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Piccadilly Circus, London, United Kingdom. Author and Copyright Marco Ramerini
Piccadilly Circus, London, United Kingdom. Author and Copyright Marco Ramerini

Piccadilly Circus and Trafalgar Square


Piccadilly Circus is located at the junction of five busy streets in the heart of the West End, and has been an important landmark in the city of London for many years. In the center of the square there is a bronze fountain (Shaftesbury Memorial) with the aluminum statue of Eros by Alfred Gilbert (1892).

Having become one of the symbols of London, the square is characterized by lively advertising signs. All around there are many buildings, including the London Pavilion (originally a music room and then a cinema, it is now a shopping center) and the Criterion Theater.

Characteristic of the area are the extreme vitality and richness of life. In fact, thanks to its proximity to important commercial streets full of shops and trendy clubs such as Coventry Street and Haymarket, the square has become a crowded meeting point and an important tourist attraction.

Among the places not to be missed are the Royal Academy of Arts, with temporary and permanent works of art on display, including Michelangelo’s “Tondo Taddei”. The church of St. James (1683-1684), work of Christopher Wren, which now houses a cafe, a craft market, conferences and events. The Burlington Arcade and the Royal Opera Arcade are galleries of luxury shops. Jermyn Street houses men’s fashion stores.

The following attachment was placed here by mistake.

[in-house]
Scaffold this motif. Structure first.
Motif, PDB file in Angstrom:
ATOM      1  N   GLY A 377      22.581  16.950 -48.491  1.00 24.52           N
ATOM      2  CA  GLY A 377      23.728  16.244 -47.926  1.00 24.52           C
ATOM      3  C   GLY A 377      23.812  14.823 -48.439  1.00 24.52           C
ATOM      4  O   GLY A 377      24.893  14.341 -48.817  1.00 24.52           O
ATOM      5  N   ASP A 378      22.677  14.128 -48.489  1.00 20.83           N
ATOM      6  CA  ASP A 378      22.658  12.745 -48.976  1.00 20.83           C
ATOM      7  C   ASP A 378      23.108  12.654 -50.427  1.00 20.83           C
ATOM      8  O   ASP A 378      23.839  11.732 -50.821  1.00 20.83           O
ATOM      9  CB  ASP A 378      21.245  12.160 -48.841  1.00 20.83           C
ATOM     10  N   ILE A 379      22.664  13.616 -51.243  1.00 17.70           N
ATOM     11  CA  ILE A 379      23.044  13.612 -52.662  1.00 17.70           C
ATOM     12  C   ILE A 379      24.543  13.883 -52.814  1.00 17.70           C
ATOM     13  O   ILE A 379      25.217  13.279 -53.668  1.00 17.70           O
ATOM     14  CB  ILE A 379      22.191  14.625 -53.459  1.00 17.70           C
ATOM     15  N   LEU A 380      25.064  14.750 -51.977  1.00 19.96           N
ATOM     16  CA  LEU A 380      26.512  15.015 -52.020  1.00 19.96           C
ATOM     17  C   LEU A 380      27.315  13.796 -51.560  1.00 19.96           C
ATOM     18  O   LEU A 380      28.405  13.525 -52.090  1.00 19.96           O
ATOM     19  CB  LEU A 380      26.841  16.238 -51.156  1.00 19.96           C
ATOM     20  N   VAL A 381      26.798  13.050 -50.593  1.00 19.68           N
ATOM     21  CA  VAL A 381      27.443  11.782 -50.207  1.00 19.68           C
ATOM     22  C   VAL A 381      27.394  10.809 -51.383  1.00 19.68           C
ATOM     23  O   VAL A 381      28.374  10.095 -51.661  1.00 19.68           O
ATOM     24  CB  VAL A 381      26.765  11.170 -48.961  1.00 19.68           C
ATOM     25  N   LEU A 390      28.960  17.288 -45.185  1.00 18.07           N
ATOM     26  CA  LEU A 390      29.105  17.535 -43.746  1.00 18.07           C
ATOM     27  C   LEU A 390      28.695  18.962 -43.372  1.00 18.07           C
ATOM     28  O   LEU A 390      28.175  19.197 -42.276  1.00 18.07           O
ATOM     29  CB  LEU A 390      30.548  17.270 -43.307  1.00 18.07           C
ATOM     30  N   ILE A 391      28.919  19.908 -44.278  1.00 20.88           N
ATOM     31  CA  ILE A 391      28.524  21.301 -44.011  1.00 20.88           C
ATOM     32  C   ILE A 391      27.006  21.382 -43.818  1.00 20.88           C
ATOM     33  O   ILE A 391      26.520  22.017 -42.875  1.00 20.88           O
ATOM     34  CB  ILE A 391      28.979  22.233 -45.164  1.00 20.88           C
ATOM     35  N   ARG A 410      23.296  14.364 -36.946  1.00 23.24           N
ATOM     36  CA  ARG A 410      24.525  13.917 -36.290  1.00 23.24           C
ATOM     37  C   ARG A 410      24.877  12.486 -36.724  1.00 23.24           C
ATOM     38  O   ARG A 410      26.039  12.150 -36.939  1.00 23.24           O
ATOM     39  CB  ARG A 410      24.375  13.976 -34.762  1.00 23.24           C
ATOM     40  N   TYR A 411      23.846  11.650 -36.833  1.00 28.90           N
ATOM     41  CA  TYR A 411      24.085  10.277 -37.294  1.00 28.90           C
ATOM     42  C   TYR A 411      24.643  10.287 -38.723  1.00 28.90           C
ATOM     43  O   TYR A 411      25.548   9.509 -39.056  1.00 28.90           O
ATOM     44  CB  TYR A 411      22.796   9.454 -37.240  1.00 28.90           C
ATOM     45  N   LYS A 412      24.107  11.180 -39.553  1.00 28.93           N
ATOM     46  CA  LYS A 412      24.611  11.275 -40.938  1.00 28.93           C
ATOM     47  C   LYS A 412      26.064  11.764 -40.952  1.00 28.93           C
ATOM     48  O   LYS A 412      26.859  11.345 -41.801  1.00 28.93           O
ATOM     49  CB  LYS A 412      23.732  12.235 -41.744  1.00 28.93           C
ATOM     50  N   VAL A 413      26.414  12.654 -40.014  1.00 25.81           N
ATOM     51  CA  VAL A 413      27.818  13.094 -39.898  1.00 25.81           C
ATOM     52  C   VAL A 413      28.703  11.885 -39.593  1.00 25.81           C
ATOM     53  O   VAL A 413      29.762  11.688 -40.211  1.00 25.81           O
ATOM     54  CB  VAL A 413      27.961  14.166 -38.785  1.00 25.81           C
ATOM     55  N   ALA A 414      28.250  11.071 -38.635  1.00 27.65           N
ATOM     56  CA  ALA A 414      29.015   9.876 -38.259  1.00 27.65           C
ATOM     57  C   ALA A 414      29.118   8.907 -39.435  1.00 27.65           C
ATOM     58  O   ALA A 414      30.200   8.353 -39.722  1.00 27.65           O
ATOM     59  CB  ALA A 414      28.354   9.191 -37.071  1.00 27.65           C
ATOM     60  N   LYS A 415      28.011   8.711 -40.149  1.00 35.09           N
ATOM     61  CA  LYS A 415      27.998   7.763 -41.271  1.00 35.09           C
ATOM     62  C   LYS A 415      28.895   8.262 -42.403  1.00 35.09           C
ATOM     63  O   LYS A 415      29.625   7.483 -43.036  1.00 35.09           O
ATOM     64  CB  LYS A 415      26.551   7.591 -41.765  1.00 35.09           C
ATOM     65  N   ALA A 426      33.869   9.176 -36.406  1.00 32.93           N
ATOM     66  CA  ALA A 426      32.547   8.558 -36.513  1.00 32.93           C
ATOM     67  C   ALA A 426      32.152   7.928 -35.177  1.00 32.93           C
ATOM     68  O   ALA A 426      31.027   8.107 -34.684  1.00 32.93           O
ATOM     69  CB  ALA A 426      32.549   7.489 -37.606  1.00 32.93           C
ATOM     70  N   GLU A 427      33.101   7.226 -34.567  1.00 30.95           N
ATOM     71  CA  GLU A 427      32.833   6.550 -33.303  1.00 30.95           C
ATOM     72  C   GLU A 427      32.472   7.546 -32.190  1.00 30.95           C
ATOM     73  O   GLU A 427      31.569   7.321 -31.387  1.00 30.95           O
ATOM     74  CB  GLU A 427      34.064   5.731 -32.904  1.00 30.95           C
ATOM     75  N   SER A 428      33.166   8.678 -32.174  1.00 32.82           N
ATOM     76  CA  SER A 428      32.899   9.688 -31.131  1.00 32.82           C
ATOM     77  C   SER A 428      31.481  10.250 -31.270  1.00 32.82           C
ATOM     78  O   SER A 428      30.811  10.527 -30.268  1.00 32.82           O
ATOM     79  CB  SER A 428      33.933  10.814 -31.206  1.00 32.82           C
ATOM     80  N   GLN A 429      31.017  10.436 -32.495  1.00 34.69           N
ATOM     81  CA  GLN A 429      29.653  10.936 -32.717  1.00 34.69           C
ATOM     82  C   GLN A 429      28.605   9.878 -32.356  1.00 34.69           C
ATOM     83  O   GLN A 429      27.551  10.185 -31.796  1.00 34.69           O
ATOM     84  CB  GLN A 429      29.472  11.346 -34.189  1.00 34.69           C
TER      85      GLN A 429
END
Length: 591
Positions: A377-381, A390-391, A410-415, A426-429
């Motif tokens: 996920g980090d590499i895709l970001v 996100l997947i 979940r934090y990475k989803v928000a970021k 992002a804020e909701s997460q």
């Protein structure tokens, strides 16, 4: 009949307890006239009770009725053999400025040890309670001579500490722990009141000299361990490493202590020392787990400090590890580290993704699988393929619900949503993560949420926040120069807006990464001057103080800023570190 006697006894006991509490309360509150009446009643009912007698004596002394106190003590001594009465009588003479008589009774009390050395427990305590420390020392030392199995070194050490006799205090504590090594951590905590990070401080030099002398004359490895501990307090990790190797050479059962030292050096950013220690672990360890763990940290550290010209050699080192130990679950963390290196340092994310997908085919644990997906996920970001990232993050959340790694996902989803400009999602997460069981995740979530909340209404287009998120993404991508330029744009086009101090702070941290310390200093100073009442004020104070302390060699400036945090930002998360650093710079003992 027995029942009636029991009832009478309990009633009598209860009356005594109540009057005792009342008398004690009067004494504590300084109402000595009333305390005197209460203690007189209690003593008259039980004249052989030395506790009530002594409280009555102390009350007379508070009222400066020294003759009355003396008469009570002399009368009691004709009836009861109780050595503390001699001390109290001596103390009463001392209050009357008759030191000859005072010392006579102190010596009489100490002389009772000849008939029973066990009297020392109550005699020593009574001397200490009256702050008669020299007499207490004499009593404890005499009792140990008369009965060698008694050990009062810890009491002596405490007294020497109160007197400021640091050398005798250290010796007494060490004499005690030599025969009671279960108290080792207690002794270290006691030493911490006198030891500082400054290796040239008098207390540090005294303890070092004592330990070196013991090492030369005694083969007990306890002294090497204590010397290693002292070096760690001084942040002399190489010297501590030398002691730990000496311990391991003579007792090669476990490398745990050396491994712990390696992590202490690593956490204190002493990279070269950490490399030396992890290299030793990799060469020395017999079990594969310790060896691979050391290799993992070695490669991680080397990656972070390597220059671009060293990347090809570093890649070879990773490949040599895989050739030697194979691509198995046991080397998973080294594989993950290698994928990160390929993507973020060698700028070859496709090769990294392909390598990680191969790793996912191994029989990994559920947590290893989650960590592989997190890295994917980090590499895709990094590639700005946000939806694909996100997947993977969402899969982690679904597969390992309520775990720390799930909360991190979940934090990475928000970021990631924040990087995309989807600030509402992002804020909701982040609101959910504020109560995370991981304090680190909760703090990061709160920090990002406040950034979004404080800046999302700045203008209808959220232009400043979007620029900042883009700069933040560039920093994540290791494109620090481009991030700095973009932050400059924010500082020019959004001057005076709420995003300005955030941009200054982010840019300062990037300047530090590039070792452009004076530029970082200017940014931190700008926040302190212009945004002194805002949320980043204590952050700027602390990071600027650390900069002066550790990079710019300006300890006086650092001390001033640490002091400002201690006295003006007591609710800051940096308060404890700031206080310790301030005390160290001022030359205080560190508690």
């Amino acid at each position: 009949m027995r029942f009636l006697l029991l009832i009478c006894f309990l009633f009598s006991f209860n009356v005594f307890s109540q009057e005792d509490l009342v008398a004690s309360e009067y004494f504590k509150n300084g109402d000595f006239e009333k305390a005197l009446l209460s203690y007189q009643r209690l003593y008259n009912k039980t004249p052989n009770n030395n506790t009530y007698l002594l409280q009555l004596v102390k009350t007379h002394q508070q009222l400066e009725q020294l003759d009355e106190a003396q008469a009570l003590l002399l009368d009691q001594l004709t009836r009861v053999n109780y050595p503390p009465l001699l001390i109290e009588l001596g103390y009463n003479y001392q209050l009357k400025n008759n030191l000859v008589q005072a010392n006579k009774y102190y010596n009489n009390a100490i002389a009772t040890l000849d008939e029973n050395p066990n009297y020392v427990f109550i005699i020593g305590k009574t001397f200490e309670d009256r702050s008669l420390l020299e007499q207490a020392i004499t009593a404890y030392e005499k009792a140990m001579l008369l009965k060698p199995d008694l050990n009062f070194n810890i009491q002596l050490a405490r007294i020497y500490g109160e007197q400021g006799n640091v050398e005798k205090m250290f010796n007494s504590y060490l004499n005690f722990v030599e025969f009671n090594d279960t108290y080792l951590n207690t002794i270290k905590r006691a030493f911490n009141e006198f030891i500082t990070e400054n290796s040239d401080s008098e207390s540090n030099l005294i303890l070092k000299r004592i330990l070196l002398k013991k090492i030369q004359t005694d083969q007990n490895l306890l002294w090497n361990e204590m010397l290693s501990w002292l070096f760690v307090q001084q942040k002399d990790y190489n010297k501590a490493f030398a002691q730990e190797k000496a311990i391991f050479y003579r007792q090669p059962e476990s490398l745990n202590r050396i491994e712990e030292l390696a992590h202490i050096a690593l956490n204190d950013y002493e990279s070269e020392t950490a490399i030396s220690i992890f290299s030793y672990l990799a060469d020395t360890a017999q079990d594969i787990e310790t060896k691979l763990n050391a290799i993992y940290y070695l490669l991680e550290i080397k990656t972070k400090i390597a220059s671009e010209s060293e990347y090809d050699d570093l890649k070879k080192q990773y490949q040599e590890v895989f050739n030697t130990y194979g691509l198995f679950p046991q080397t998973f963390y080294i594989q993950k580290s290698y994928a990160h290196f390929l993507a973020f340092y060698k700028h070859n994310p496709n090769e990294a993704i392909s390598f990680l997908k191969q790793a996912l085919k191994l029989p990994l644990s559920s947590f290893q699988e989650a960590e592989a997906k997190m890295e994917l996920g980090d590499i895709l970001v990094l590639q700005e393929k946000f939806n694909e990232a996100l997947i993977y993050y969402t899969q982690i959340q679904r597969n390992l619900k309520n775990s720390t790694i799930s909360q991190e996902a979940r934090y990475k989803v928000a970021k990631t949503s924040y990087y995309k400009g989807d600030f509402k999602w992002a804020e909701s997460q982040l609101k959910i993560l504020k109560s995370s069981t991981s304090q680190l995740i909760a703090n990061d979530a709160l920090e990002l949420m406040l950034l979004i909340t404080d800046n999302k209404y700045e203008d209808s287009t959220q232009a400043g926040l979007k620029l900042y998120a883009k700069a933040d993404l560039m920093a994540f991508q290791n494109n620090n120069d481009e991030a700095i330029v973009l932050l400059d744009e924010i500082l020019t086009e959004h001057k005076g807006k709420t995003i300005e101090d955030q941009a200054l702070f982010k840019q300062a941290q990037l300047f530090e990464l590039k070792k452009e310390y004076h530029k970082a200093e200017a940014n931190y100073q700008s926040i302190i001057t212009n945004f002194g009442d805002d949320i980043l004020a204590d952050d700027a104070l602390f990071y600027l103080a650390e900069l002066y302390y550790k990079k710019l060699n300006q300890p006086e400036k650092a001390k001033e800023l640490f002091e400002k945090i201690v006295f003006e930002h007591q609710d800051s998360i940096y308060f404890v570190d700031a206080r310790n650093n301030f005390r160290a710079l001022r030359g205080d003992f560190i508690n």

Nearby are Trafalgar Square, Soho, St. James Square, St. James Park and Green Park.

How to get there: To reach Piccadilly Circus, you must use the tube station of the same name in London, which comes out right in the square. The station is located in Travelcard Zone 1, on the Piccadilly Line between Green Park and Leicester Square, and on the Bakerloo Line between Charing Cross and Oxford Circus.


Trafalgar Square, is a London square built in the nineteenth century on a design by architect John Nash. The square has at its center the famous column of Admiral Nelson, famous for having died in the battle of Trafalgar (1805) against Napoleon, the column is 50 meters high and is surmounted by the statue of the admiral.

On the square, full of beautiful fountains, there is also the National Gallery, an important museum dedicated to painting, with works by Piero della Francesca, Leonardo da Vinci and Velazquez. The National Gallery Portrait, a museum dedicated to portraits of famous people from English history and the 18th century St. Martin-in-the-Fields church are also located in the square.

Trafalgar Square, which is partly pedestrianized, is a lively gathering place both day and night.

In the surroundings of Trafalgar Square there is the Soho district, the Admirality Arch, the Theater Royal, St. James Square, St. James Park, Covent Garden, Charing Cross Road (the street of antique bookshops and used books) and Piccadilly Circus.

How to get there: To reach Trafalgar Square, you must use Charing Cross London Tube (underground) station, which has an exit right in the square. The station is located in the Travelcard Zone 1, and the Bakerloo Line and the Northern Line cross it, the closest stops are Piccadilly Circus, Leicester Square, and Embankment.


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